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NATIONAL
May 24, 2010 | By Ashley Powers and Richard Fausset, Los Angeles Times
The public-private response to the Gulf of Mexico oil leak showed more signs of strain Sunday as members of the Obama administration bashed BP's progress even as they acknowledged they had to rely on the oil giant's equipment and expertise to plug the blown-out well. In one of the harshest government condemnations of the company to date, Interior Secretary Ken Salazar said BP had blown "deadline after deadline" and had not "fulfilled the mission it was supposed to fulfill." "I am angry and I am frustrated that BP has been unable to stop this oil from leaking and to stop the pollution from spreading," Salazar said at a Houston news conference.
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NATIONAL
August 19, 2010 | By Kim Murphy, Los Angeles Times
Wayde Bonvillain, who makes his living selling Louisiana's tender softshell crabs, said Wednesday that his problem is he doesn't know yet how broke he is. How can he know, when crabs make their home thousands of feet down on the ocean floor, and now people are saying there's spilled oil on the bottom of the sea? BP has offered him $143,000 for six years of lost earnings, he told Kenneth R. Feinberg, the mediator who next week will take over from the British oil giant a $20-billion fund for oil spill compensation claims.
BUSINESS
May 12, 2011 | David Lazarus
It's easy to get cheesed about high gas prices when oil companies are raking in billions of dollars in profit. Chevron, for one, wants you to know that it's thinking the same. "Oil companies should put their profits to good use," the company declares in recent newspaper ads. And in response to that laudable sentiment, Chevron's chief financial officer, Patricia Yarrington, says, "We agree. " The ads go on to say that "California's economy needs energy to grow. And we're providing it. Reinvesting over $7 billion into the state over the past 5 years.
BUSINESS
March 19, 2008 | From Reuters
A British judge Tuesday lifted a $12-billion freeze on Venezuelan assets awarded to Exxon Mobil Corp., dealing a blow to the oil giant in its fight with the OPEC nation over President Hugo Chavez's nationalization crusade. The ruling hands a victory to Chavez in the bare-knuckles dispute between the largest U.S. oil company and one of the world's most oil-rich countries that boosted energy market tensions and helped push oil prices to new records above $112 a barrel. "Our people won, our country won, our homeland won," Energy Minister Rafael Ramirez said in a news conference after earlier describing the decision as a "100%" victory for Venezuela.
BUSINESS
July 20, 2010 | By Steve Gelsi
Apache Corp. said Tuesday it agreed to buy a handful of BP's oil and natural gas fields throughout North America and Egypt for $7 billion, though the oil giant's Prudhoe Bay, Alaska operations were not part of the deal. Apache Corp., known for purchasing mature oil and gas properties and wringing more value out of them, will scoop up BP properties in Alberta and British Columbia, as well as the Permian Basin of West Texas and New Mexico and Egypt's Western Desert. All told, the Houston oil and gas company will add estimated proved reserves of 385 million barrels of oil equivalent to its portfolio.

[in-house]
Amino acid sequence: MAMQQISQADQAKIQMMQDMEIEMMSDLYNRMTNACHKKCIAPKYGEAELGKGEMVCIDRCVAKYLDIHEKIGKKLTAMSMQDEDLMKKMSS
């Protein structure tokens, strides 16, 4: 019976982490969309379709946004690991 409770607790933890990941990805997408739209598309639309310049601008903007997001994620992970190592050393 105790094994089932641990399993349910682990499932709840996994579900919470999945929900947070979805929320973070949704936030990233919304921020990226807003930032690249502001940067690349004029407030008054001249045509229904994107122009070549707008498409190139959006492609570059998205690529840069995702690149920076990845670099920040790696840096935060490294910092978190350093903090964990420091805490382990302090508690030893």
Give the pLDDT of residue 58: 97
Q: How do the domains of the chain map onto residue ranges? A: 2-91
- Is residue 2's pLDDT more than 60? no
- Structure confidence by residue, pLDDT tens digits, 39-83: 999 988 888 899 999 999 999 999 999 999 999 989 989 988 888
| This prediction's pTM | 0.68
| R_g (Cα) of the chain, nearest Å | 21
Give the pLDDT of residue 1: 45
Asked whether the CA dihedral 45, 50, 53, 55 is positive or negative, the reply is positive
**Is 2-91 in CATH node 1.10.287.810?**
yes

NATIONAL
May 31, 2010 | Margot Roosevelt and Tina Susman
BP's plan to sever a leaking pipe as part of an effort to cap its runaway well in the Gulf of Mexico could increase flow by as much as 20%, and the oil giant has no remedy to stop up the well until August, Obama administration and company officials said Sunday. The risky maneuver, part of an attempt to contain the gusher and divert the oil through a pipe to the surface, could begin Monday or Tuesday. Administration and BP officials on Sunday sought to shift attention from last week's failed attempt to choke the well by focusing on expectations that a new cap could divert much of the leaking oil from the fragile ecosystem of the gulf.
CALIFORNIA | LOCAL
April 7, 1995 | J. E. MITCHELL, SPECIAL TO THE TIMES
Exxon Corp. has been quietly shipping monthly tanker loads of crude oil west of the Channel Islands since October without permission of industry regulators, federal and state officials said Thursday. Environmentalists thought that they had secured a victory in October, 1993, when the oil giant decided to abandon its efforts to ship its Santa Ynez Unit field oil through the ecologically sensitive Santa Barbara Channel. But it was disclosed last week that regulators had discovered that the company was shipping 200,000 barrels a month from San Francisco to Los Angeles via a route west of the islands aboard the Exxon-owned tanker R/S Baytown.
BUSINESS
October 2, 1987 | DONALD WOUTAT, Times Staff Writer
Atlantic Richfield filed suit Thursday to force two government agencies to permit the development of its Coal Oil Point offshore oil project or pay the oil giant $793 million in damages. The suit in Los Angeles County Superior Court, which was expected, claims the State Lands Commission and Santa Barbara County illegally blocked the oil company's effort to develop longstanding leases on state lands just off the Santa Barbara coast.
BUSINESS
October 18, 2013 | By Shan Li
Oil giant Occidental Petroleum Corp. said Friday it plans to sell off its minority stake in the Middle East and North Africa region along with other assets in an effort to boost shareholder value. The Los Angeles company, which is one of the largest oil producers in the country, said those decisions come as part of a push to streamline operations and improve profitability. “Our goal is to become a somewhat smaller company with more manageable exposure to political risk,” Stephen I. Chazen, Occidental's chief executive, said in a statement.
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